While we are the experts on contractor’s licensing even I can’t explain some of the rules on the book. I ‘sign’ on this time with a ‘specialized’ question that has no answer! …
Q: What makes plumbers, electrical sign contractors and well drillers so special that they require additional license displays (name, address, license, bigger lettering) when advertising than a “normal” contractor?
Also, why are contractors not allowed to advertise about being bonded? That seems to be something that a customer would want to know.
A: Thank you for contacting Capitol Services. I don’t know that you will ever find an answer for your first question regarding Plumbers (“C-36”), Electrical Signs (“C-45”), and Well drillers (“C-57”). The CSLB has some rules and regulations that are not easily explained, but still the law of the land.
Regarding your second question, the CSLB prohibits contractors from advertising that they are bonded because it could lead the public to believe there is a higher level of protection than might actually be the case. Hope this helps.
Q: I am a fire/water restoration contractor with a “B” (General Building) license. I have enough drywall work to start a separate business that strictly does drywall. If I wanted to add the drywall classification to my license would I be required to take the exam?
A: Being that drywall is a significant portion of the “B” work that you are doing you can request a waiver of the trade exam. It is not guaranteed that the waiver will be granted. The CSLB will review your work experience and expect to see at least 4 years of experience doing specifically drywall work and make a determination. Contact our office if you’re a reader with questions or need further assistance with a waiver.
Q: How long after a job is complete does a person have to file a complaint?
A: The CSLB has jurisdiction for up to four years from the date of an illegal act for patent defects and up to 10 years for latent “structural” defects. For unlicensed contractors, the CSLB has jurisdiction for up to four years from the date of the illegal act.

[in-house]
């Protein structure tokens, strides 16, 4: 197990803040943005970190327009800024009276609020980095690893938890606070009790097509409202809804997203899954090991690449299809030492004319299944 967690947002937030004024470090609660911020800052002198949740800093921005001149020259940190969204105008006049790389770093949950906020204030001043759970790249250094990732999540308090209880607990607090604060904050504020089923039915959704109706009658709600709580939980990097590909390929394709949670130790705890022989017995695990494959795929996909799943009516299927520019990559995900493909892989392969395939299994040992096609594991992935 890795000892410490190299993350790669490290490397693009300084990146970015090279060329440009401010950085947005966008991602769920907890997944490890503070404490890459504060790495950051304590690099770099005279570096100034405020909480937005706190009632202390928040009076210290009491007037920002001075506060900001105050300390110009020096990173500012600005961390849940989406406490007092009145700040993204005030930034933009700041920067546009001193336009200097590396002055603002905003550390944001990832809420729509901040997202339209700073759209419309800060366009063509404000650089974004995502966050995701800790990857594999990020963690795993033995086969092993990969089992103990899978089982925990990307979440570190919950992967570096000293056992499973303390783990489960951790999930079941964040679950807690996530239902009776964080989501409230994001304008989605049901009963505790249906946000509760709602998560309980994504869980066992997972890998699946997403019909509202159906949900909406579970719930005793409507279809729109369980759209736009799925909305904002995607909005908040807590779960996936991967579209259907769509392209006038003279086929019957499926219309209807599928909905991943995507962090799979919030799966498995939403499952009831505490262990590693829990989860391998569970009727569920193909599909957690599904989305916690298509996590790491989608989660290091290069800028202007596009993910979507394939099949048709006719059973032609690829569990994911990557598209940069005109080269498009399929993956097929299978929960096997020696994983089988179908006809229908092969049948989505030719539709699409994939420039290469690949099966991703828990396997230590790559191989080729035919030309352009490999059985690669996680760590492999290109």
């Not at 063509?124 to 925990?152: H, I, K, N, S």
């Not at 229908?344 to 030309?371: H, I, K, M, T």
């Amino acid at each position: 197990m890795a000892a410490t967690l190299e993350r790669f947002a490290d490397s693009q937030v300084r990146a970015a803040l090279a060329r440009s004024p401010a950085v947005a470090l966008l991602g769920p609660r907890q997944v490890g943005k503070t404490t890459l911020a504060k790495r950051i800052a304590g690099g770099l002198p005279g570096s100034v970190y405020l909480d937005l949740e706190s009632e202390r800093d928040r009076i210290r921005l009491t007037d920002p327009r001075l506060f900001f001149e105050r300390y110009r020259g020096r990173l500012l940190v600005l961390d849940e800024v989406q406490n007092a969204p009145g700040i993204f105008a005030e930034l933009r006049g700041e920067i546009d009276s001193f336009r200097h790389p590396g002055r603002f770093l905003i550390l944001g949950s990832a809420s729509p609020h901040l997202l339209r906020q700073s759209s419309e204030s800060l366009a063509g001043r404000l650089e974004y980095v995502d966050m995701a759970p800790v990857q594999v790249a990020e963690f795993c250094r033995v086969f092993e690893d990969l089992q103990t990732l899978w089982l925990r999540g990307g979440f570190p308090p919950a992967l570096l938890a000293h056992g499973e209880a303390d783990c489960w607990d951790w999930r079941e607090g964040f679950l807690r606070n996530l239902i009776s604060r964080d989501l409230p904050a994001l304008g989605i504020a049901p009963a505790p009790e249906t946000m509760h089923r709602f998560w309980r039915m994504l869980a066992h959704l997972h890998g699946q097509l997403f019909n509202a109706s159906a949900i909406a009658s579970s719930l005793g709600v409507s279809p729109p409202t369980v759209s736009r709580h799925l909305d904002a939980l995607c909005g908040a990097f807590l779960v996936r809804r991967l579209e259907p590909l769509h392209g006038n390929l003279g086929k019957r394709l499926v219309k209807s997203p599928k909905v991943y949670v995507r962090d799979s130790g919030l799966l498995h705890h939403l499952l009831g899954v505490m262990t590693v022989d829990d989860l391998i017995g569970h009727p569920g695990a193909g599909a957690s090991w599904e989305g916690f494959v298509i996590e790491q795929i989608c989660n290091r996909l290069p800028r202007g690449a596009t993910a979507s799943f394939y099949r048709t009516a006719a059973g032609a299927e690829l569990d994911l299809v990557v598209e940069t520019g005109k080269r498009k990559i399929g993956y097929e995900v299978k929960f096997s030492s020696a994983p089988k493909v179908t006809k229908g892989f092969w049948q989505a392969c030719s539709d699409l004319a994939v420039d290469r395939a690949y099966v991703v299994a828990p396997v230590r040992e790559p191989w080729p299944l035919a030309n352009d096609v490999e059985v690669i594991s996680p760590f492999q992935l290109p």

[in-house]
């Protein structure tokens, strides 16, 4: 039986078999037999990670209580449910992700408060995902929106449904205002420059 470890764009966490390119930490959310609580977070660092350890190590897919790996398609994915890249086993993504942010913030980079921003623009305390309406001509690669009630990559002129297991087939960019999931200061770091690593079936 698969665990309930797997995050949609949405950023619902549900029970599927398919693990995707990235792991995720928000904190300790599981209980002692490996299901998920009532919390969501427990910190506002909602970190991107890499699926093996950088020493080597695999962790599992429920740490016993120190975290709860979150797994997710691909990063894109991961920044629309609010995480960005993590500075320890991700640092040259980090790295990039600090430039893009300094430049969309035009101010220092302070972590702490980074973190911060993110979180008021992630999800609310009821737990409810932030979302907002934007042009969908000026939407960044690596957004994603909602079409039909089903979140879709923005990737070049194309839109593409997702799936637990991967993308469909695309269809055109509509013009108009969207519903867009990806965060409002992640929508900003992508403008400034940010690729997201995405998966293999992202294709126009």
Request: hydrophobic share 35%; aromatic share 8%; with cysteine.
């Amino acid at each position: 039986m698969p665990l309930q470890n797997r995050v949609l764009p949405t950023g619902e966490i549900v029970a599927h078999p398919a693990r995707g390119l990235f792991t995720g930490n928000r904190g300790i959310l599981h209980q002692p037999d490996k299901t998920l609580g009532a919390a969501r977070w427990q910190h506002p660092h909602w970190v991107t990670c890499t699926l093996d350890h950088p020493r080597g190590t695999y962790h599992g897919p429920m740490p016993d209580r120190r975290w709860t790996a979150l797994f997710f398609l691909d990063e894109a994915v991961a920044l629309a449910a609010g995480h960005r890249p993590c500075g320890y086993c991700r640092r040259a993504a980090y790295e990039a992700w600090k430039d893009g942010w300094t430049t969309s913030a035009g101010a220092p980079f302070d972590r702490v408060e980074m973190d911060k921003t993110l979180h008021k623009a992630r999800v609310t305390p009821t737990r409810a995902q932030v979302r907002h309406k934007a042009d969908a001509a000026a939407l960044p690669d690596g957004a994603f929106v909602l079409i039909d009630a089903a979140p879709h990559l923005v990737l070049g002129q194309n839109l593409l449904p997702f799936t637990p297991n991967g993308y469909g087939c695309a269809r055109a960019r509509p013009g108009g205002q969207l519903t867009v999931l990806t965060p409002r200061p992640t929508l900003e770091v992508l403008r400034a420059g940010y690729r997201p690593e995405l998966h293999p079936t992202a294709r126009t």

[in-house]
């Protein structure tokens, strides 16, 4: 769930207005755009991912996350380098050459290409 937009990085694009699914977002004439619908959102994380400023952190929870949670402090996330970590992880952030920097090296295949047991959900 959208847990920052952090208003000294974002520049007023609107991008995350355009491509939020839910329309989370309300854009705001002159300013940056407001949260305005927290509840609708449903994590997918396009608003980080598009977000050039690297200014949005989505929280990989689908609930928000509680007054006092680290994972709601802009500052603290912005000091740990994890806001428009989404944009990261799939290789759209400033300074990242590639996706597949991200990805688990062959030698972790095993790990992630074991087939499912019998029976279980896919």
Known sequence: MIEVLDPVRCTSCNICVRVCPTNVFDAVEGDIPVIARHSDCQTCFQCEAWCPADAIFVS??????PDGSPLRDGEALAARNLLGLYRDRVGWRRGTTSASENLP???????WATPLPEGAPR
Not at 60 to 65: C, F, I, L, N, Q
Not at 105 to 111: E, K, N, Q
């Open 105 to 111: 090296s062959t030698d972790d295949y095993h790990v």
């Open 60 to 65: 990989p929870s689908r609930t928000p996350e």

Q: I am an attorney and one of my clients who is licensed in many States is going to be applying for a California contractor’s license (and yes, I will be sending him to you!) I know each State is different with regards to dba or ‘doing business as’ names and whether or not they can have a corporate ending such as “Inc” or “Incorporated”. What is the rule for that in CA? For example, can his company name be ABC Contracting Services Inc. dba John Smith Contracting Services Inc.?
A: The CSLB’s rule for corporate endings on a dba name is that if the dba name is registered with the county then he can have a corporate ending on it. If it is not registered with the county, then he is not permitted to include a corporate ending on the dba name. I look forward to assisting him with obtaining his CA license and thanks for the compliment!
Attention Arizona licensees:
Rule changes effective July 1, 2014 increased nearly all bond amounts to provide additional protection for homeowners and licensees injured by a licensee. These changes will become effective upon the licensee’s renewal.
Also, the Arizona Registrar Of Contractors (ROC) will no longer be sending out renewal notices by mail. In order to reduce costs, they will now be sending out renewal notices by the email listed with the Registrar. Make sure that emails, from email@example.com are not blocked by your spam filter! If no email address is on file then you will continue to receive the notices by mail.
As we have advised in many past columns, keeping your contact information up to date is absolutely crucial as paperwork or notices will not be forwarded. Simply filing a postal change of address may not be adequate, so let them know directly you have moved and they have your exact mailing address.